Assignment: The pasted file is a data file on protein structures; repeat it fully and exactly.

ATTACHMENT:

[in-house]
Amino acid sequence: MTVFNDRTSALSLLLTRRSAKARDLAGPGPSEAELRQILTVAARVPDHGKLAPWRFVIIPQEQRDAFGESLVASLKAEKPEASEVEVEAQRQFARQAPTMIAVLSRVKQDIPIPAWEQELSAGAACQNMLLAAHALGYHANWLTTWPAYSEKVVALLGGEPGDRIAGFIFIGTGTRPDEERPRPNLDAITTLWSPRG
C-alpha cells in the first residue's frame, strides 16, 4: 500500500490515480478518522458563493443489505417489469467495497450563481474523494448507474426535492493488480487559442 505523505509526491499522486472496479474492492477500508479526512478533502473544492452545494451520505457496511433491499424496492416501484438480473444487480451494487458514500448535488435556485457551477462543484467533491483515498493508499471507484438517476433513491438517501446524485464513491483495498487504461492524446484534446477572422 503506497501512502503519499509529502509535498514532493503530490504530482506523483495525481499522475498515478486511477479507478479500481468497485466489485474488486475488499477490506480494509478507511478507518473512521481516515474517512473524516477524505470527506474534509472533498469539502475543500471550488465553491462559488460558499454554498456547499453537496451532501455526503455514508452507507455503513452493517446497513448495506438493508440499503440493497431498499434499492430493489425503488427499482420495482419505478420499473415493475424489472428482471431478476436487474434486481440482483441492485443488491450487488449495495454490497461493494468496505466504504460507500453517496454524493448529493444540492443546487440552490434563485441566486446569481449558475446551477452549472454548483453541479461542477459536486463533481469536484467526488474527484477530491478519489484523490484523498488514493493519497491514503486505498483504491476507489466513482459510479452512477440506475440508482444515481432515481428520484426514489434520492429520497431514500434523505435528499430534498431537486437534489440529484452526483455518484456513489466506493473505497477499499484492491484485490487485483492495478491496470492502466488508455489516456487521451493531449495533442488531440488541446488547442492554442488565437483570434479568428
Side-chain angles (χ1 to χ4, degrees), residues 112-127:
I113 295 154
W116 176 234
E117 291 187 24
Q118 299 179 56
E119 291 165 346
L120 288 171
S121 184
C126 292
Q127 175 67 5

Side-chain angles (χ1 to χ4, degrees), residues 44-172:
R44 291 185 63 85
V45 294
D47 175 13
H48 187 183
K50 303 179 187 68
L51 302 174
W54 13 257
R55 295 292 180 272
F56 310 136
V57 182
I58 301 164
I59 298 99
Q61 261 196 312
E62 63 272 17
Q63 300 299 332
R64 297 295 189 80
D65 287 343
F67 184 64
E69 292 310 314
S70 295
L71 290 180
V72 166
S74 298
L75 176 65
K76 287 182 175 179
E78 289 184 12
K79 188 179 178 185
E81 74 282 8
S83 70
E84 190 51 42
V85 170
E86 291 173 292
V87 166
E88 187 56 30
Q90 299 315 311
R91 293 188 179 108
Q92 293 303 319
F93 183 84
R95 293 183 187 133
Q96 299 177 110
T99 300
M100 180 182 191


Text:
[in-house]
Amino acid sequence: MTVFNDRTSALSLLLTRRSAKARDLAGPGPSEAELRQILTVAARVPDHGKLAPWRFVIIPQEQRDAFGESLVASLKAEKPEASEVEVEAQRQFARQAPTMIAVLSRVKQDIPIPAWEQELSAGAACQNMLLAAHALGYHANWLTTWPAYSEKVVALLGGEPGDRIAGFIFIGTGTRPDEERPRPNLDAITTLWSPRG
C-alpha cells in the first residue's frame, strides 16, 4: 500500500490515480478518522458563493443489505417489469467495497450563481474523494448507474426535492493488480487559442 505523505509526491499522486472496479474492492477500508479526512478533502473544492452545494451520505457496511433491499424496492416501484438480473444487480451494487458514500448535488435556485457551477462543484467533491483515498493508499471507484438517476433513491438517501446524485464513491483495498487504461492524446484534446477572422 503506497501512502503519499509529502509535498514532493503530490504530482506523483495525481499522475498515478486511477479507478479500481468497485466489485474488486475488499477490506480494509478507511478507518473512521481516515474517512473524516477524505470527506474534509472533498469539502475543500471550488465553491462559488460558499454554498456547499453537496451532501455526503455514508452507507455503513452493517446497513448495506438493508440499503440493497431498499434499492430493489425503488427499482420495482419505478420499473415493475424489472428482471431478476436487474434486481440482483441492485443488491450487488449495495454490497461493494468496505466504504460507500453517496454524493448529493444540492443546487440552490434563485441566486446569481449558475446551477452549472454548483453541479461542477459536486463533481469536484467526488474527484477530491478519489484523490484523498488514493493519497491514503486505498483504491476507489466513482459510479452512477440506475440508482444515481432515481428520484426514489434520492429520497431514500434523505435528499430534498431537486437534489440529484452526483455518484456513489466506493473505497477499499484492491484485490487485483492495478491496470492502466488508455489516456487521451493531449495533442488531440488541446488547442492554442488565437483570434479568428
Side-chain angles (χ1 to χ4, degrees), residues 112-127:
I113 295 154
W116 176 234
E117 291 187 24
Q118 299 179 56
E119 291 165 346
L120 288 171
S121 184
C126 292
Q127 175 67 5

Side-chain angles (χ1 to χ4, degrees), residues 44-172:
R44 291 185 63 85
V45 294
D47 175 13
H48 187 183
K50 303 179 187 68
L51 302 174
W54 13 257
R55 295 292 180 272
F56 310 136
V57 182
I58 301 164
I59 298 99
Q61 261 196 312
E62 63 272 17
Q63 300 299 332
R64 297 295 189 80
D65 287 343
F67 184 64
E69 292 310 314
S70 295
L71 290 180
V72 166
S74 298
L75 176 65
K76 287 182 175 179
E78 289 184 12
K79 188 179 178 185
E81 74 282 8
S83 70
E84 190 51 42
V85 170
E86 291 173 292
V87 166
E88 187 56 30
Q90 299 315 311
R91 293 188 179 108
Q92 293 303 319
F93 183 84
R95 293 183 187 133
Q96 299 177 110
T99 300
M100 180 182 191